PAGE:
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Where would I begin to research what units my uncles were in? My father was in the Canadian Forestry Corps in WW2, but I have no idea what units my uncles were in. One, if memory serves correct was in an armoured unit in WW2 and the other I think was in the Royal Electrical Mechanical Engineers in Korea. I would also like to research what medals they would have earned.


Thank you!

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Here is the link to Library and Archives Canada's research portal for military records: http://www.bac-lac.gc.ca/eng/discover/military-heritage/Pages/military-heritage.aspx

The records on the WWI soldiers are fairly complete - complete service files for men surnamed 'A' to 'P', attestation papers for all soldiers, 'Circumstances of Death' cards for most and war diaries. 

For WWII, unfortunately, far fewer of the records are either open or available electronically.  because of the 70 year rule, actual service files can only be accessed - I think - by relatives.  If the spouse or child of a serviceman/woman requests the records in writing, with proof of death, they can get it.  Otherwise, there is a list of published records at the LAC site.

Medal entitlement is not to difficult to make an educated guess at, for WWII and Korea, and Veterans Affairs and other sites will tell you the qualifying period for each medal.  So, for example, if you know an uncle went to Europe with an armoured unti, he almost ceratinly earned the 1939-45 Star, either the France & Germany Star or the Italy Star,  the Canadian Volunteer Service Medal with bar for overseas service and the Defence Medal.  Canadians in Korea earned the British 'Korea' medal and the UN Korea medal, in general.  Check here for descriptions of some: http://www.veterans.gc.ca/eng/remembrance/medals-decorations

I hope this is of some help.  feel free to post other questions or contact me if you like.


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Hello Peter,

Thank you very much for the information! I am in contact with a gentleman from Honours and Awards / Décorations et citations Commemoration, Ottawa Headquarters / Commémoration, Bureau principal d'Ottawa who is helping me at the moment.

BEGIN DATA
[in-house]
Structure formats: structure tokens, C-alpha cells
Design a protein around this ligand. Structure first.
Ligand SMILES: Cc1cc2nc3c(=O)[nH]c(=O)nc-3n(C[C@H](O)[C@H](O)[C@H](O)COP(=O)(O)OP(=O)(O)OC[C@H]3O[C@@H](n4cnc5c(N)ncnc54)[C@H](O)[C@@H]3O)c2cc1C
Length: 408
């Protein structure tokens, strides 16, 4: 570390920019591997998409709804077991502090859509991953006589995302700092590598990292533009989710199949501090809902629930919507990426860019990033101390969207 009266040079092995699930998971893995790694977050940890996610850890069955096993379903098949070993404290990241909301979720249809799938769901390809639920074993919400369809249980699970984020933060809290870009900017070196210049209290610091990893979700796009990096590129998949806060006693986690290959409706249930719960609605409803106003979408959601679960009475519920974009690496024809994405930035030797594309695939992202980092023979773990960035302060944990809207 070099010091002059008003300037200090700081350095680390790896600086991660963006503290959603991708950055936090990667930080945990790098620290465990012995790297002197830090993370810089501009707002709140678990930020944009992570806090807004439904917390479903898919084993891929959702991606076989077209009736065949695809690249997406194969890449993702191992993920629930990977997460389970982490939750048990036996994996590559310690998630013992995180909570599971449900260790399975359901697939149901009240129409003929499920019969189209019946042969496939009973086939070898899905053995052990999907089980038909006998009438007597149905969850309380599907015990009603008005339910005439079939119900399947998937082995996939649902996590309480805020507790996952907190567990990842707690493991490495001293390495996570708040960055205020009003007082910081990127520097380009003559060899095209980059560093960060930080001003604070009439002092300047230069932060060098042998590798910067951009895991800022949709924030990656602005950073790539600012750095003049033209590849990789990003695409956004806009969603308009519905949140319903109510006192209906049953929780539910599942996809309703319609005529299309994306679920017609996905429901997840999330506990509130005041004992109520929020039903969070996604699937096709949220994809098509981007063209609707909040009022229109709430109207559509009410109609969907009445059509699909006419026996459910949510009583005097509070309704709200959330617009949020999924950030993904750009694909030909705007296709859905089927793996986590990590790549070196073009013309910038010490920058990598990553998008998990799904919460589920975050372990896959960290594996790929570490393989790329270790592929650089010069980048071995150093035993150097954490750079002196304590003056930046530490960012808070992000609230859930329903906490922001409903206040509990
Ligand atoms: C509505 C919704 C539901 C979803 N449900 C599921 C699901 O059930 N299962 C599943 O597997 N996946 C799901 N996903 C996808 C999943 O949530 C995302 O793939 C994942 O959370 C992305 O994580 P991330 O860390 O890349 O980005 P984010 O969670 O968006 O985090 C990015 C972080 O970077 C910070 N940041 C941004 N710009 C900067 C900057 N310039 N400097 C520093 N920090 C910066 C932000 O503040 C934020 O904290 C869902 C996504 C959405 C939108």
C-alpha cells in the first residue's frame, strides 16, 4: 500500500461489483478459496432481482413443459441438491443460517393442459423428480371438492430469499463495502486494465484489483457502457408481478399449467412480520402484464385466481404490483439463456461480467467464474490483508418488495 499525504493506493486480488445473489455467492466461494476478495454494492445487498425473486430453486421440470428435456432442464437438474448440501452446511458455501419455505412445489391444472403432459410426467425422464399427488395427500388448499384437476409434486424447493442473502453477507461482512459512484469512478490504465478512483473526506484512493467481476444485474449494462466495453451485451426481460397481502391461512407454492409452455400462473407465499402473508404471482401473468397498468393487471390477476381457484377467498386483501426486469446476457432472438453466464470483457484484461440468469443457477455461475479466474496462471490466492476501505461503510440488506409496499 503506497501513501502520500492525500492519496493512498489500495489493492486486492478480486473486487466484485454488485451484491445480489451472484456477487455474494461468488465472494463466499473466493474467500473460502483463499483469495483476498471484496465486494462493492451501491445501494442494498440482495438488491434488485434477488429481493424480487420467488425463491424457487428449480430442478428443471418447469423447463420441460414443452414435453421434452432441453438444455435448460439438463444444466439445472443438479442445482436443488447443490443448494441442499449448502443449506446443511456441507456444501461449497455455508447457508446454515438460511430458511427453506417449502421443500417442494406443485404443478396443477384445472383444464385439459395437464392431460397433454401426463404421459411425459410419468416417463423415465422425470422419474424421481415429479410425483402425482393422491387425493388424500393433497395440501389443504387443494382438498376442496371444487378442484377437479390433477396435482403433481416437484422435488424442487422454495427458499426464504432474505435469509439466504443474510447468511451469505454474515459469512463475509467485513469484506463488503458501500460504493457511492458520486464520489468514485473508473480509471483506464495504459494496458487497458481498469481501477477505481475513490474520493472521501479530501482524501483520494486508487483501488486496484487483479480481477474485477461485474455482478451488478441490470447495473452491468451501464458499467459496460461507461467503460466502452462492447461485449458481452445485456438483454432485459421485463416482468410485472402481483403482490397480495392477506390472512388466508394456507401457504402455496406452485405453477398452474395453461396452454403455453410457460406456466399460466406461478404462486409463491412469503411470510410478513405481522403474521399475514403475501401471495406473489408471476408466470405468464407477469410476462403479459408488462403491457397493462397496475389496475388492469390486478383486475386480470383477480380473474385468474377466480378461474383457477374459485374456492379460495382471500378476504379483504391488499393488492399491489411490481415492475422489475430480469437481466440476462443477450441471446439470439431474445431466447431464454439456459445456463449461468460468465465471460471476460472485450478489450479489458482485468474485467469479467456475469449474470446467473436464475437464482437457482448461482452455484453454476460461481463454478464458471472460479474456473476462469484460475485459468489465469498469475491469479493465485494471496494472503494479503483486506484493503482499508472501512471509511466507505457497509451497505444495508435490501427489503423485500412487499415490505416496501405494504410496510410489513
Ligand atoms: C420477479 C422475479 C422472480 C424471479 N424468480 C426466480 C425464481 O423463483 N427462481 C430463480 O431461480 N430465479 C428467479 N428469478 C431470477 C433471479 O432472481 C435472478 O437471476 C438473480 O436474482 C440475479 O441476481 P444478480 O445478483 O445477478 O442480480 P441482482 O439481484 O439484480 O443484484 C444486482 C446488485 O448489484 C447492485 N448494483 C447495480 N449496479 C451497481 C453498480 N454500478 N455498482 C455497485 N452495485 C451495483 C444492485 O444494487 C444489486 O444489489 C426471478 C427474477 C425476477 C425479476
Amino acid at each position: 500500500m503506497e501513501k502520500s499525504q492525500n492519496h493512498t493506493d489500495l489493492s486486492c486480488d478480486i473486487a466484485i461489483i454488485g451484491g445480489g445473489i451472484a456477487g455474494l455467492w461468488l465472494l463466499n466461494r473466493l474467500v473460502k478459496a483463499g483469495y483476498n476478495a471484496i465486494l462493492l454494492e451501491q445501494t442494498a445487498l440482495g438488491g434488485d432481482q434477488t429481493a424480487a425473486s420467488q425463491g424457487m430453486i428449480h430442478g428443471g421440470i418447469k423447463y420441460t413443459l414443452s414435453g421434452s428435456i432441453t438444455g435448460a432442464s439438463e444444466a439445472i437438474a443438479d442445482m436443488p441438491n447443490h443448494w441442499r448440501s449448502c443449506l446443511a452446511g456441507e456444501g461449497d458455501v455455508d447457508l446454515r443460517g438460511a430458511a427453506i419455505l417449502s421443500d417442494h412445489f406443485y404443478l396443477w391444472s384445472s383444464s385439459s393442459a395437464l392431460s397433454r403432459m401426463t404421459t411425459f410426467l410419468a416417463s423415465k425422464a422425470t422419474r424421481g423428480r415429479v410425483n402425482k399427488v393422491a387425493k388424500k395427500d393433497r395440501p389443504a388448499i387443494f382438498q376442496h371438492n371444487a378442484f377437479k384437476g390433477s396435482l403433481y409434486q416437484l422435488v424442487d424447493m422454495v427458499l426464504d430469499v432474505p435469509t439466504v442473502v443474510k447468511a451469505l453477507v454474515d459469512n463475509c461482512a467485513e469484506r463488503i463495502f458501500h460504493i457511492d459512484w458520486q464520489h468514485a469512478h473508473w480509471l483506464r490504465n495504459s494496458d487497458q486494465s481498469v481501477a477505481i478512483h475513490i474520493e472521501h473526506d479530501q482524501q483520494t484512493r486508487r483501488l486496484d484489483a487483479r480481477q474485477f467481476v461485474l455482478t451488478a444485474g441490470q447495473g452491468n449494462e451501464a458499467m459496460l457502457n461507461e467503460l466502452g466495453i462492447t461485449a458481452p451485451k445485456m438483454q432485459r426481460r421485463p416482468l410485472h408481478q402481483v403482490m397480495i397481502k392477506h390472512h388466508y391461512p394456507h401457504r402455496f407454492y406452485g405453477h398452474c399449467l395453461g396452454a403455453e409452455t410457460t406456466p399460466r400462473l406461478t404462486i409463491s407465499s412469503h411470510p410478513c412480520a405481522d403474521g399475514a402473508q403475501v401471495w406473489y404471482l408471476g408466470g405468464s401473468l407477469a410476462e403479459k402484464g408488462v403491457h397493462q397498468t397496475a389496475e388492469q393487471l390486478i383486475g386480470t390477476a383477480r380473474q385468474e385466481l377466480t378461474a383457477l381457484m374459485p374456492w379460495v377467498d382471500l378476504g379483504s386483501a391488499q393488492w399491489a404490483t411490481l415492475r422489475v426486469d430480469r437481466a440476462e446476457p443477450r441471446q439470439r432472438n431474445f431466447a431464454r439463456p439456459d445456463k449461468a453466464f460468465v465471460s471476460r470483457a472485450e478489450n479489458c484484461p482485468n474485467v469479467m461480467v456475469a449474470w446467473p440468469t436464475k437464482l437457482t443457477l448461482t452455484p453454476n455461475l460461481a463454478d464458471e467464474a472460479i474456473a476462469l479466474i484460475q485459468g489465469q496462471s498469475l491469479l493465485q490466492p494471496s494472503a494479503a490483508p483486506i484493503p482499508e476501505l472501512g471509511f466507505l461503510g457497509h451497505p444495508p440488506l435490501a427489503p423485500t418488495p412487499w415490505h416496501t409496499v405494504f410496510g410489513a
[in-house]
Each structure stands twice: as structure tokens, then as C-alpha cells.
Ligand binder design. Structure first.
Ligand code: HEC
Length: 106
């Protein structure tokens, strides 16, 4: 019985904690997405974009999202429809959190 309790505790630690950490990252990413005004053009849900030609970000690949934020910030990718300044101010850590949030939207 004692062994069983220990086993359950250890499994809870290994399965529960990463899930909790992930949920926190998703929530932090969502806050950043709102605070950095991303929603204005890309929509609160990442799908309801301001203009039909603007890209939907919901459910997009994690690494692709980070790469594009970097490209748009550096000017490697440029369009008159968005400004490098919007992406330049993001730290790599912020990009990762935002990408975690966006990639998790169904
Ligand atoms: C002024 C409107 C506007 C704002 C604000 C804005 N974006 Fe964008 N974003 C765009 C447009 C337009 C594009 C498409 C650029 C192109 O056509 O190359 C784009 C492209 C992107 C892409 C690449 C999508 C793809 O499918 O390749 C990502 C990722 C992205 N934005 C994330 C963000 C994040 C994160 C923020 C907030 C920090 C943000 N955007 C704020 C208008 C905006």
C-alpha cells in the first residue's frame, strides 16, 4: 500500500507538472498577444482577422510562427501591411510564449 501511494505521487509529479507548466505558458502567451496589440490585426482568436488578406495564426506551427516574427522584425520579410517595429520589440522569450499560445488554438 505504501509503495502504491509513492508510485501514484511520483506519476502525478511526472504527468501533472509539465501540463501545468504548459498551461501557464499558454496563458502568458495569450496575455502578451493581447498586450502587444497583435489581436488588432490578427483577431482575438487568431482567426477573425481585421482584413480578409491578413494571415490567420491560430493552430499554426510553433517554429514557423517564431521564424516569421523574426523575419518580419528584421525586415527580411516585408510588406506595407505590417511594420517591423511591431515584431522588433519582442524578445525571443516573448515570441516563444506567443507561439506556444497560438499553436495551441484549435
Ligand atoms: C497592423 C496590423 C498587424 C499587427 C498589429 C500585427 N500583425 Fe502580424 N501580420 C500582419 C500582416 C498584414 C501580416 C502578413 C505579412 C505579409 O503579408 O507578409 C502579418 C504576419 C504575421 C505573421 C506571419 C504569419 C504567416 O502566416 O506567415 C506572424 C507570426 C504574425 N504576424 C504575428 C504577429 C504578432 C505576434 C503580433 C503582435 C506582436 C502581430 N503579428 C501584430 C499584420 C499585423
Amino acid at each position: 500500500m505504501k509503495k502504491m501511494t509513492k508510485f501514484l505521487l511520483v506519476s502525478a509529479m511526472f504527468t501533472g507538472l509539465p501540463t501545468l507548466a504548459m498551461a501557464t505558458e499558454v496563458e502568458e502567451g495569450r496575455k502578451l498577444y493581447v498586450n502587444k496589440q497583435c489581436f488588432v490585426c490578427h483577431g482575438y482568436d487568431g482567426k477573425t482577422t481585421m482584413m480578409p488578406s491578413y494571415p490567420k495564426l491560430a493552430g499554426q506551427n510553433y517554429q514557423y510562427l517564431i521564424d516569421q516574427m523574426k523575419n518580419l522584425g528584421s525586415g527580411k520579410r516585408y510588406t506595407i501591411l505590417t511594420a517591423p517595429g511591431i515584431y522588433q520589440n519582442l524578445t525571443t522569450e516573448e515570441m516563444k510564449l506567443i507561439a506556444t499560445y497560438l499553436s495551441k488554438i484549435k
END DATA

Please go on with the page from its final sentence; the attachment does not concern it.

I may have further questions and much appreciated your offer!


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Update: Well, I have just about reached completion of detailing my father's unit (Canadian Forestry Corps). This has spurred an almost fanatical desire to find info on other military family members.

Some (very complicated :o) info. My mother was born in Ireland to an Irish father and a German mother. It was during the revolution. Her mother worked (hazy info here) for the German government  (Consulate maybe? Not sure of the Irish situation during those times). Her father beat a hasty exit from Ireland, stayed briefly with relatives in Ottawa before ending up in the St. Louis area of the US. (IRA connections? Quite possible given his rush to get out of Ireland and British connected Canada.) Her mother later emigrated to Canada. I would dearly love to flesh out the details of this!

During WW2, My Father, as mentioned above was with the Canadian forces as was one uncle (amroured unit). My maternal Grandfather's "new" family were in the US Airforce. My maternal Grandmother's family were in the German Navy and Luftwaffe. (Gerhard Homuth was a relative).

Another uncle was in Korea. My paternal Grandfather was with Canadian forces in WW1.

My idea, is to assemble some kind of collection of the medals my family earned. I have my father's already. Some (Gerhard's) will of necessity have to be replicas due to financial reasons.

Research has been rather difficult. I know of Gerhard via stories my mother related. My father met some of the family when he was in Germany. I still have an Imperial German flag they gave him. It is very faded due to time and storage conditions before it came into my possession. I know little else of Gerhard's family as my father rarely talked about his late war experiences. What I do know is from Wikipedia, and it is hardly reliable. For example,  since I started my research, the medal entries on Gerhard's page have changed 3 times.

So to end this rambling, I really admire those researchers who manage to navigate this labyrinth. I am still a novice and more often than not, I end up beached on some shoal :lol:.

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